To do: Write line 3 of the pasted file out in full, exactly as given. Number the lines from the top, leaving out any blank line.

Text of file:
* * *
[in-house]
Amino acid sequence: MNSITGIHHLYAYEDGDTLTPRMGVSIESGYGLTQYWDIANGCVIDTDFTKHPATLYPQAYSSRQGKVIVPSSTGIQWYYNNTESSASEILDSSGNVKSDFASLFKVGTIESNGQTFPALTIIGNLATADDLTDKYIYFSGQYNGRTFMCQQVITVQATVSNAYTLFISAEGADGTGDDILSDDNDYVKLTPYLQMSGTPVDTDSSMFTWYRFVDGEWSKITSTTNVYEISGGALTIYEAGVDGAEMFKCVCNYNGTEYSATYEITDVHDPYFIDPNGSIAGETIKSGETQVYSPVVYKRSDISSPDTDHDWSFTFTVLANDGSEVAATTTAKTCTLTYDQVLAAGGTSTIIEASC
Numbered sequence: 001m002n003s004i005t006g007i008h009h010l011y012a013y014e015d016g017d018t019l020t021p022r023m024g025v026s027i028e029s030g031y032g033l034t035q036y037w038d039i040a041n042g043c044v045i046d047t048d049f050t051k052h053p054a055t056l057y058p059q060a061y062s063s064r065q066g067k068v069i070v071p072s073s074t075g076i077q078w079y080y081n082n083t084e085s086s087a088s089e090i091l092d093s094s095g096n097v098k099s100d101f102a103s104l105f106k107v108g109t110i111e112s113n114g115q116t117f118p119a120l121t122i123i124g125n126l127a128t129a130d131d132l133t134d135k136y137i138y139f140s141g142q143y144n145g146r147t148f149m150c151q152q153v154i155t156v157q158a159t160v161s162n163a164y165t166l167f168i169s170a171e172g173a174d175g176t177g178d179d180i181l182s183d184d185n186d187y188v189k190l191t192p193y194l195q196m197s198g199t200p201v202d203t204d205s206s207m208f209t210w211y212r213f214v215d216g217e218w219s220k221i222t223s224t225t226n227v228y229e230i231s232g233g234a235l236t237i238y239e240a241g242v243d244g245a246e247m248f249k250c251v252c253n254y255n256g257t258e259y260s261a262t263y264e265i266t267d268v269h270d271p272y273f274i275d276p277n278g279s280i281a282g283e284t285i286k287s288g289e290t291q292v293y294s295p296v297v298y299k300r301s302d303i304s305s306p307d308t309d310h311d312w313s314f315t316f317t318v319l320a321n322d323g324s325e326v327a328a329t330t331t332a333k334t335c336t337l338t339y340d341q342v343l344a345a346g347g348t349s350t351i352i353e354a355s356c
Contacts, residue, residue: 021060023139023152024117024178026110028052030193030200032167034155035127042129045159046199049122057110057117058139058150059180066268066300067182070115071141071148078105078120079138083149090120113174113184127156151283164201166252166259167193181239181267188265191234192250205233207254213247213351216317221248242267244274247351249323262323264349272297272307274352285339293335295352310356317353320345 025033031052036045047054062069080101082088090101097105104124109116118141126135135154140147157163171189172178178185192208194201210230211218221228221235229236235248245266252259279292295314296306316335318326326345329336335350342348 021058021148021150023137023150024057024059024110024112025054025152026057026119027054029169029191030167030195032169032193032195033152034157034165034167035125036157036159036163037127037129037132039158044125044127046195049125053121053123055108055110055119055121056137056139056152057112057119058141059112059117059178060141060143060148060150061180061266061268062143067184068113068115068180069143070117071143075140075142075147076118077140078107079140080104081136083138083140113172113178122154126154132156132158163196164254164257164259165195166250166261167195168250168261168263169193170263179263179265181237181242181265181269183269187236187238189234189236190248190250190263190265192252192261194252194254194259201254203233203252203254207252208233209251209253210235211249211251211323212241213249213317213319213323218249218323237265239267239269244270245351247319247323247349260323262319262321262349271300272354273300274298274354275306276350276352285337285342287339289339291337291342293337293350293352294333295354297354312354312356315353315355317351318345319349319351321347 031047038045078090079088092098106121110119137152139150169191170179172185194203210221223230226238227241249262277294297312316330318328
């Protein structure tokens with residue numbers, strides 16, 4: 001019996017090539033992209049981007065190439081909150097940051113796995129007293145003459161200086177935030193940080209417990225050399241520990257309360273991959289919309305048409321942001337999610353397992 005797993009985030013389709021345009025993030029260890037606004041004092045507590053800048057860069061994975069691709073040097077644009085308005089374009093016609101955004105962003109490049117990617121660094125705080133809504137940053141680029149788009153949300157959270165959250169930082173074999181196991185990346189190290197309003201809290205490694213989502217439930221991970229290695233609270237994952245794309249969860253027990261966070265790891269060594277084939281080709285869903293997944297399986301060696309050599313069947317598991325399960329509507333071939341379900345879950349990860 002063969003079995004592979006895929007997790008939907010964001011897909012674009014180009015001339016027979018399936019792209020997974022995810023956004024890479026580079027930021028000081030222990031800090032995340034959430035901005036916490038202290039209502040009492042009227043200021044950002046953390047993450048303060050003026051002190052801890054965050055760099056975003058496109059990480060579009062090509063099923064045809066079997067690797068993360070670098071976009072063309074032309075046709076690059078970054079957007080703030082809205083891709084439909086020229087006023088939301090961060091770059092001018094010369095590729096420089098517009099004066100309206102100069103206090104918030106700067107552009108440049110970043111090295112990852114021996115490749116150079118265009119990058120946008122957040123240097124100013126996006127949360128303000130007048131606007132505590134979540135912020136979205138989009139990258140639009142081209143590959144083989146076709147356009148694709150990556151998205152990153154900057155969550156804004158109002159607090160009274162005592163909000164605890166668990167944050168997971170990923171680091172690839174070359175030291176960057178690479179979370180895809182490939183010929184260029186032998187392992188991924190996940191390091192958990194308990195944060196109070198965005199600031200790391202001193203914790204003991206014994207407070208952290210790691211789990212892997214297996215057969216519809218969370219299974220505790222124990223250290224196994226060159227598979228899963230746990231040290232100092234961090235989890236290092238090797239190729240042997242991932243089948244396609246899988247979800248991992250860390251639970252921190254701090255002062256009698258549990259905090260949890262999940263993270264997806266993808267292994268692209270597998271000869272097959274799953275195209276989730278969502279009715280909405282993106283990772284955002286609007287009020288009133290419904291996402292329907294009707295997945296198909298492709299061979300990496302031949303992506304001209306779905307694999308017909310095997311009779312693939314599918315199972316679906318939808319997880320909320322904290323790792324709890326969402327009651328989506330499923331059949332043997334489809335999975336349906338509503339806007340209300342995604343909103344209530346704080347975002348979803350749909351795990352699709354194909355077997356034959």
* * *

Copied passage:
Numbered sequence: 001m002n003s004i005t006g007i008h009h010l011y012a013y014e015d016g017d018t019l020t021p022r023m024g025v026s027i028e029s030g031y032g033l034t035q036y037w038d039i040a041n042g043c044v045i046d047t048d049f050t051k052h053p054a055t056l057y058p059q060a061y062s063s064r065q066g067k068v069i070v071p072s073s074t075g076i077q078w079y080y081n082n083t084e085s086s087a088s089e090i091l092d093s094s095g096n097v098k099s100d101f102a103s104l105f106k107v108g109t110i111e112s113n114g115q116t117f118p119a120l121t122i123i124g125n126l127a128t129a130d131d132l133t134d135k136y137i138y139f140s141g142q143y144n145g146r147t148f149m150c151q152q153v154i155t156v157q158a159t160v161s162n163a164y165t166l167f168i169s170a171e172g173a174d175g176t177g178d179d180i181l182s183d184d185n186d187y188v189k190l191t192p193y194l195q196m197s198g199t200p201v202d203t204d205s206s207m208f209t210w211y212r213f214v215d216g217e218w219s220k221i222t223s224t225t226n227v228y229e230i231s232g233g234a235l236t237i238y239e240a241g242v243d244g245a246e247m248f249k250c251v252c253n254y255n256g257t258e259y260s261a262t263y264e265i266t267d268v269h270d271p272y273f274i275d276p277n278g279s280i281a282g283e284t285i286k287s288g289e290t291q292v293y294s295p296v297v298y299k300r301s302d303i304s305s306p307d308t309d310h311d312w313s314f315t316f317t318v319l320a321n322d323g324s325e326v327a328a329t330t331t332a333k334t335c336t337l338t339y340d341q342v343l344a345a346g347g348t349s350t351i352i353e354a355s356c